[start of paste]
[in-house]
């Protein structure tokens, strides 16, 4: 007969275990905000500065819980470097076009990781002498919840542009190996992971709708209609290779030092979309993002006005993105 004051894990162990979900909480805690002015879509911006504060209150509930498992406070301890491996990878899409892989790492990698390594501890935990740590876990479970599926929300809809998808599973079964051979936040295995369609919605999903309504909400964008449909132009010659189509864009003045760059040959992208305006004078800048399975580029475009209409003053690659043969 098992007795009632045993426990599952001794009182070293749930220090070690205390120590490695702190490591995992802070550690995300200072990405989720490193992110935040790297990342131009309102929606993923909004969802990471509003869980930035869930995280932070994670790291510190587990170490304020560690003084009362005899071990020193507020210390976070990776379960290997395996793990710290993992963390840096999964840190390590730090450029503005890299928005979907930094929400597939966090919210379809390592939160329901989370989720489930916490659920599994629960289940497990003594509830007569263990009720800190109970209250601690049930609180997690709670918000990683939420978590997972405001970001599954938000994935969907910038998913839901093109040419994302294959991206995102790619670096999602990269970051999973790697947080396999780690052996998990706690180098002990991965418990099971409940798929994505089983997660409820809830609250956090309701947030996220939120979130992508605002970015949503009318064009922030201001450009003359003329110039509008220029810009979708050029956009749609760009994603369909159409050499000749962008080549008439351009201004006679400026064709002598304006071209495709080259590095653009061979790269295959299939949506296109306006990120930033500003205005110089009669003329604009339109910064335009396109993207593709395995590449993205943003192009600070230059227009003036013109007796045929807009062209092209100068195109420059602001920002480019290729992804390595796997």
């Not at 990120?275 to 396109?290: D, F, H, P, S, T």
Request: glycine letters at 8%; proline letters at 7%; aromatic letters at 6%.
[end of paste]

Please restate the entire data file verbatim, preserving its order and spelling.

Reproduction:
[in-house]
């Protein structure tokens, strides 16, 4: 007969275990905000500065819980470097076009990781002498919840542009190996992971709708209609290779030092979309993002006005993105 004051894990162990979900909480805690002015879509911006504060209150509930498992406070301890491996990878899409892989790492990698390594501890935990740590876990479970599926929300809809998808599973079964051979936040295995369609919605999903309504909400964008449909132009010659189509864009003045760059040959992208305006004078800048399975580029475009209409003053690659043969 098992007795009632045993426990599952001794009182070293749930220090070690205390120590490695702190490591995992802070550690995300200072990405989720490193992110935040790297990342131009309102929606993923909004969802990471509003869980930035869930995280932070994670790291510190587990170490304020560690003084009362005899071990020193507020210390976070990776379960290997395996793990710290993992963390840096999964840190390590730090450029503005890299928005979907930094929400597939966090919210379809390592939160329901989370989720489930916490659920599994629960289940497990003594509830007569263990009720800190109970209250601690049930609180997690709670918000990683939420978590997972405001970001599954938000994935969907910038998913839901093109040419994302294959991206995102790619670096999602990269970051999973790697947080396999780690052996998990706690180098002990991965418990099971409940798929994505089983997660409820809830609250956090309701947030996220939120979130992508605002970015949503009318064009922030201001450009003359003329110039509008220029810009979708050029956009749609760009994603369909159409050499000749962008080549008439351009201004006679400026064709002598304006071209495709080259590095653009061979790269295959299939949506296109306006990120930033500003205005110089009669003329604009339109910064335009396109993207593709395995590449993205943003192009600070230059227009003036013109007796045929807009062209092209100068195109420059602001920002480019290729992804390595796997």
């Not at 990120?275 to 396109?290: D, F, H, P, S, T």
Request: glycine letters at 8%; proline letters at 7%; aromatic letters at 6%.